This is becuase we are talking a several round and g s been generates as reaction forces.

- Julio Jerez
- Moderator
**Posts:**10993**Joined:**Sun Sep 14, 2003 2:18 pm**Location:**Los Angeles

Yeah I have noticed how joints restore back to configuration with a somewhat constant velocity. Is this perhaps a tunable parameter that could be exposed via the sdk? (Not that its a real fix to the root problem, but might be a nice thing to be able to tune ie the "speed of joint restoration").

- MeltingPlastic
**Posts:**221**Joined:**Fri Feb 07, 2014 11:30 pm

I forgot to mention that the shapes are about 1/4 newton units wide. so 1/4 units smaller than I usually test with.

- MeltingPlastic
**Posts:**221**Joined:**Fri Feb 07, 2014 11:30 pm

what does it mean 1/4 newton units wide?

can you give me the specs so that I can recreate it in the sand box tomorrow?

can you give me the specs so that I can recreate it in the sand box tomorrow?

- Julio Jerez
- Moderator
**Posts:**10993**Joined:**Sun Sep 14, 2003 2:18 pm**Location:**Los Angeles

Does the scene serialization work these days? I could send you a newton file of my scene.

- MeltingPlastic
**Posts:**221**Joined:**Fri Feb 07, 2014 11:30 pm

I would like to say yes, but I do not think joints has been reviewed in a long time.

This could be a good test case to revisit joint serialization.

Later I will set one of the slider demo to see if it .ca recreate that case, them we can put the same parameter you are using.

I am sure this can be resolved without much changes.

This could be a good test case to revisit joint serialization.

Later I will set one of the slider demo to see if it .ca recreate that case, them we can put the same parameter you are using.

I am sure this can be resolved without much changes.

- Julio Jerez
- Moderator
**Posts:**10993**Joined:**Sun Sep 14, 2003 2:18 pm**Location:**Los Angeles

I am looking at this now and somehow the inertia matrix of the cylinder is being computed wrong. This is why I was also noticing strange behavior with the cylinders in my scene.

The mass matrix for a Cylinder of Radius = 0.5 and Height = 1, Density = 1 comes out to be:

[0.112682 0 0 0, 0 0.0959548 0 0, 0 0 0.112682 0, 0 0 0 1]

which is right when I compare with my manual calculation.

The mass matrix for a Cylinder of Radius = 0.25 and Height = 1, Density = 1 comes out to be:

[0.0191748 0 0 0, 0 0.00599717 0 0, 0 0 0.0191748 0, 0 0 0 1]

which is wrong.

The mass matrix for a Cylinder of Radius = 0.5 and Height = 1, Density = 1 comes out to be:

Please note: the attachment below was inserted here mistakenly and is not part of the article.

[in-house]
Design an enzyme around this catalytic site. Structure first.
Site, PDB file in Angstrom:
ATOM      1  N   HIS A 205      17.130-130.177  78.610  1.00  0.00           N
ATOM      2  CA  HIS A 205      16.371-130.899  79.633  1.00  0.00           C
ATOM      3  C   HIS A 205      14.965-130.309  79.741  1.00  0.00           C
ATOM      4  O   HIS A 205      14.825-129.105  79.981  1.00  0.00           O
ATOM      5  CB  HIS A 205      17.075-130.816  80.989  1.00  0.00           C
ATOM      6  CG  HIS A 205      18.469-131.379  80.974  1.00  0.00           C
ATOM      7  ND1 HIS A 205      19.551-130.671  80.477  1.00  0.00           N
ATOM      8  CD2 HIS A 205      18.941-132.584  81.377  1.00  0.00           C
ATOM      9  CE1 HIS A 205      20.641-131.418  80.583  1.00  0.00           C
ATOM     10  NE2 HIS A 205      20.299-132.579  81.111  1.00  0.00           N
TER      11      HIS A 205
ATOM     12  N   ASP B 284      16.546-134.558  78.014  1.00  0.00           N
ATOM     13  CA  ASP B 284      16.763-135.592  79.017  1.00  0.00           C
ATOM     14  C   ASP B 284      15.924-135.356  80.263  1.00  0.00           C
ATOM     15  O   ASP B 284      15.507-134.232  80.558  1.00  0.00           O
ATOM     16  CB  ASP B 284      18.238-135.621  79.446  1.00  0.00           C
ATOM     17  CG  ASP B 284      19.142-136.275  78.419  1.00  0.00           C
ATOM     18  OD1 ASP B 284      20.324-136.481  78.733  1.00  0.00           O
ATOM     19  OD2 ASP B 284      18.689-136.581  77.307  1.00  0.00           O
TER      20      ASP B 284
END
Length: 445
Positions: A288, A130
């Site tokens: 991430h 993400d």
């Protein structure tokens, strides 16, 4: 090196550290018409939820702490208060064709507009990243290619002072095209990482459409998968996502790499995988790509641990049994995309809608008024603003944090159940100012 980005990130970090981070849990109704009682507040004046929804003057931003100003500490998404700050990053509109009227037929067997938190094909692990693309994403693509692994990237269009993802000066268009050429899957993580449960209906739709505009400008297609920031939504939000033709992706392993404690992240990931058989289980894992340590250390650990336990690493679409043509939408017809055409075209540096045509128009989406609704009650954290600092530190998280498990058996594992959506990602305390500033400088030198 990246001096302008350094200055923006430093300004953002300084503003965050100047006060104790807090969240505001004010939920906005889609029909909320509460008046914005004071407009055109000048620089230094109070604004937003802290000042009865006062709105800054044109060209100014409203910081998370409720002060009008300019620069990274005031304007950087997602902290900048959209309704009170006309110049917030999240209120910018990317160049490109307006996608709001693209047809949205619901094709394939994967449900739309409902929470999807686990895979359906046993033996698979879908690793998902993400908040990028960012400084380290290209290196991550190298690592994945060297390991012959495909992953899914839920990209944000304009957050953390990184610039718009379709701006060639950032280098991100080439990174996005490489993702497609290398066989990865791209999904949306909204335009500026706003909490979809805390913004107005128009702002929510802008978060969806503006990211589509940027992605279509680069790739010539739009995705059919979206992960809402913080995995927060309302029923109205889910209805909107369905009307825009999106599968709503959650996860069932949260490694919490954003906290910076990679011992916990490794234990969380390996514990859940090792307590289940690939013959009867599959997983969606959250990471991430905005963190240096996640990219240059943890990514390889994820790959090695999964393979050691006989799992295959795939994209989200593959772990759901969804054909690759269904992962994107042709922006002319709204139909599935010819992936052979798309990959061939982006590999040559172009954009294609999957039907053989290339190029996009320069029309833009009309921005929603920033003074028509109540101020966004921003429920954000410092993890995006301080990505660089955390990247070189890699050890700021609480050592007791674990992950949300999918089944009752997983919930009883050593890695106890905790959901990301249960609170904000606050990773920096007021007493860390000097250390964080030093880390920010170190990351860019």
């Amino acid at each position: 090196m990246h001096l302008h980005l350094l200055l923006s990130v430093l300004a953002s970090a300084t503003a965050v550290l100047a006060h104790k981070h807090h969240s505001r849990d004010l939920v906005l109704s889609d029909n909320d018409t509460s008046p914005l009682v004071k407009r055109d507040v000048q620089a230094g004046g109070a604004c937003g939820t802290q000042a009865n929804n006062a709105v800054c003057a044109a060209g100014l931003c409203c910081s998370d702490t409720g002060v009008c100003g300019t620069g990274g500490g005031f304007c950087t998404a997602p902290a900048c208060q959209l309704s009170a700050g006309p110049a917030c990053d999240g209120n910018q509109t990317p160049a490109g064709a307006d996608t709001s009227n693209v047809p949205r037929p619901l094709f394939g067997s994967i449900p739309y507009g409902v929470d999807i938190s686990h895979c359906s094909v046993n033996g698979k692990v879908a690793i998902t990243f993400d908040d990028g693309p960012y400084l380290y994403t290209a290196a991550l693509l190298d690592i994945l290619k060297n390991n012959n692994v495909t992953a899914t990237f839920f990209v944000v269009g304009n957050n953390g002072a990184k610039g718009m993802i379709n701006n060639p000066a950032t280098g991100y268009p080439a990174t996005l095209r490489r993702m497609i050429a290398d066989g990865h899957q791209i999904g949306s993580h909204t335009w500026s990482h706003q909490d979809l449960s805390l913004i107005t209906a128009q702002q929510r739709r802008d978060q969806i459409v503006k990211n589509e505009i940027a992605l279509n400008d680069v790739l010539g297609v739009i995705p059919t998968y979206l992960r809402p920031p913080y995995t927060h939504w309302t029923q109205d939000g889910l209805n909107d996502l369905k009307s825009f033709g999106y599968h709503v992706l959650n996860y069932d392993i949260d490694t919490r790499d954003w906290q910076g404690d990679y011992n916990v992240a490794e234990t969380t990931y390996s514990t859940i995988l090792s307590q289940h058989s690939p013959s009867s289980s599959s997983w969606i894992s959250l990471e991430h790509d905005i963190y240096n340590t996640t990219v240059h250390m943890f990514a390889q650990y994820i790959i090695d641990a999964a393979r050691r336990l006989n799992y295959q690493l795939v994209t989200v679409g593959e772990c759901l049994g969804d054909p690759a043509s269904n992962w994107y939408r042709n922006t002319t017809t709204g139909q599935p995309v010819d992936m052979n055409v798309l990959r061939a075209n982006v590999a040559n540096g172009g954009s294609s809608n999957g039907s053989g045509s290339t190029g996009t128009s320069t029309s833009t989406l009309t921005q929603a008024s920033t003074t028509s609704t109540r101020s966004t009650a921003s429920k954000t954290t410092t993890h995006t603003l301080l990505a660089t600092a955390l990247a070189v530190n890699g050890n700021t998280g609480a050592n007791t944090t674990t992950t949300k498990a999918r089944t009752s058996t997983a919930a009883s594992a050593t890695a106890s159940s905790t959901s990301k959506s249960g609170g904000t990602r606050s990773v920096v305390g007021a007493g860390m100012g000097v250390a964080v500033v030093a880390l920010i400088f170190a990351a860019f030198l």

[0.112682 0 0 0, 0 0.0959548 0 0, 0 0 0.112682 0, 0 0 0 1]

which is right when I compare with my manual calculation.

The mass matrix for a Cylinder of Radius = 0.25 and Height = 1, Density = 1 comes out to be:

[0.0191748 0 0 0, 0 0.00599717 0 0, 0 0 0.0191748 0, 0 0 0 1]

which is wrong.

Last edited by MeltingPlastic on Sun Apr 14, 2019 12:58 pm, edited 2 times in total.

- MeltingPlastic
**Posts:**221**Joined:**Fri Feb 07, 2014 11:30 pm

Something must be wrong in the following short code:

volume is computed correctly.

mass is computed correctly.

interia matrix is not.

I really don't understand what I could be doing wrong.

The Inertia matrix for Radius = 0.25, Height = 1, Density = 1 should be approx:

[0.076 0 0 0, 0 .024 0 0, 0 0 0.076 0, 0 0 0 1]

I am using these equations as reference:

http://scienceworld.wolfram.com/physics ... inder.html

- Code: Select all

float vol = NewtonConvexCollisionCalculateVolume(resolvedCollision);

NewtonBodySetMassProperties(newtonBody_, mass_, resolvedCollision);

//save the inertia matrix for 2nd pass.

NewtonBodyGetInertiaMatrix(newtonBody_, &finalInertia[0][0]);

URHO3D_LOGINFO("Final Inertia Matrix: " + String(NewtonToUrhoMat4(finalInertia)) + " Mass: " + String(mass_) + " Volume: " + String(vol));

volume is computed correctly.

mass is computed correctly.

interia matrix is not.

I really don't understand what I could be doing wrong.

The Inertia matrix for Radius = 0.25, Height = 1, Density = 1 should be approx:

[0.076 0 0 0, 0 .024 0 0, 0 0 0.076 0, 0 0 0 1]

I am using these equations as reference:

http://scienceworld.wolfram.com/physics ... inder.html

- MeltingPlastic
**Posts:**221**Joined:**Fri Feb 07, 2014 11:30 pm

It should be almost the exact value that is showing on the analytical formula. Just a little smaller.

I am not at the computer now, but as I remember the the closed primitive use the analytical formula.

Other use the divergence Gaus theorem.

The later has to polygonize the shape using the same function used for debug display. So the result should be very close to the ideal one but smaller.

I will verify that this is the case. But this has been like that for many years.

I am not at the computer now, but as I remember the the closed primitive use the analytical formula.

Other use the divergence Gaus theorem.

The later has to polygonize the shape using the same function used for debug display. So the result should be very close to the ideal one but smaller.

I will verify that this is the case. But this has been like that for many years.

- Julio Jerez
- Moderator
**Posts:**10993**Joined:**Sun Sep 14, 2003 2:18 pm**Location:**Los Angeles

The inertia been so wrong may a good reason for the wierd behaviour, basically the object act more like a point mass than a solid body.

One trick to improved stability of jointed systems, is to scale the inertia by some larger than one factor.

In older version on the engine this was done based on heuristic, but starting with 3.xx all hacks has been removed, not inertia, mass ratio, angular velocity clamping. This is left to the client application, and is in some demos.